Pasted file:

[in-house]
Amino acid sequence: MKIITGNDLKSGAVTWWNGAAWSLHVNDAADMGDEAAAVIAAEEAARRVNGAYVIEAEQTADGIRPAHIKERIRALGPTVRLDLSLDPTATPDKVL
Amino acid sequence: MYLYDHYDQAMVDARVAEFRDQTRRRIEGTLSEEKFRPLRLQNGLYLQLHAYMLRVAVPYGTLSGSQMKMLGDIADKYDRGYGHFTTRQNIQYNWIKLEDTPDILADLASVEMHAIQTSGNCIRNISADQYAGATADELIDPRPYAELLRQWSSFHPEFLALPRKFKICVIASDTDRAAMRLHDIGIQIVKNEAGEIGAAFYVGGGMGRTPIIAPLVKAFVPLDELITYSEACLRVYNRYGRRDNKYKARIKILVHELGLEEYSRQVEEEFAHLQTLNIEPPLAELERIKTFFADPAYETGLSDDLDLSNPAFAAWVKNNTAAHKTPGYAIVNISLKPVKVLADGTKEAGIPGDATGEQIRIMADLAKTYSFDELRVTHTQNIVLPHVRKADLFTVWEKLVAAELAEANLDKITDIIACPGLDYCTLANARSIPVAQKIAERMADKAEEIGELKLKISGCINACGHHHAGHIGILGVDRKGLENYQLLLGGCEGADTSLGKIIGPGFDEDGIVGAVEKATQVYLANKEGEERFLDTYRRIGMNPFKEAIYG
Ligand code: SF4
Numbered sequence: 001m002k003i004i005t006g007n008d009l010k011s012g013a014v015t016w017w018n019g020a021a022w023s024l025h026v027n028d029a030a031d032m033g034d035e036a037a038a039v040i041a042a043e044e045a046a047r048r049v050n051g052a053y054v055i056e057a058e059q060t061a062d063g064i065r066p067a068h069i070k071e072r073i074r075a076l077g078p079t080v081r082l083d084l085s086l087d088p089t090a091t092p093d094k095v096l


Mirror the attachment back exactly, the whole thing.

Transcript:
[in-house]
Amino acid sequence: MKIITGNDLKSGAVTWWNGAAWSLHVNDAADMGDEAAAVIAAEEAARRVNGAYVIEAEQTADGIRPAHIKERIRALGPTVRLDLSLDPTATPDKVL
Amino acid sequence: MYLYDHYDQAMVDARVAEFRDQTRRRIEGTLSEEKFRPLRLQNGLYLQLHAYMLRVAVPYGTLSGSQMKMLGDIADKYDRGYGHFTTRQNIQYNWIKLEDTPDILADLASVEMHAIQTSGNCIRNISADQYAGATADELIDPRPYAELLRQWSSFHPEFLALPRKFKICVIASDTDRAAMRLHDIGIQIVKNEAGEIGAAFYVGGGMGRTPIIAPLVKAFVPLDELITYSEACLRVYNRYGRRDNKYKARIKILVHELGLEEYSRQVEEEFAHLQTLNIEPPLAELERIKTFFADPAYETGLSDDLDLSNPAFAAWVKNNTAAHKTPGYAIVNISLKPVKVLADGTKEAGIPGDATGEQIRIMADLAKTYSFDELRVTHTQNIVLPHVRKADLFTVWEKLVAAELAEANLDKITDIIACPGLDYCTLANARSIPVAQKIAERMADKAEEIGELKLKISGCINACGHHHAGHIGILGVDRKGLENYQLLLGGCEGADTSLGKIIGPGFDEDGIVGAVEKATQVYLANKEGEERFLDTYRRIGMNPFKEAIYG
Ligand code: SF4
Numbered sequence: 001m002k003i004i005t006g007n008d009l010k011s012g013a014v015t016w017w018n019g020a021a022w023s024l025h026v027n028d029a030a031d032m033g034d035e036a037a038a039v040i041a042a043e044e045a046a047r048r049v050n051g052a053y054v055i056e057a058e059q060t061a062d063g064i065r066p067a068h069i070k071e072r073i074r075a076l077g078p079t080v081r082l083d084l085s086l087d088p089t090a091t092p093d094k095v096l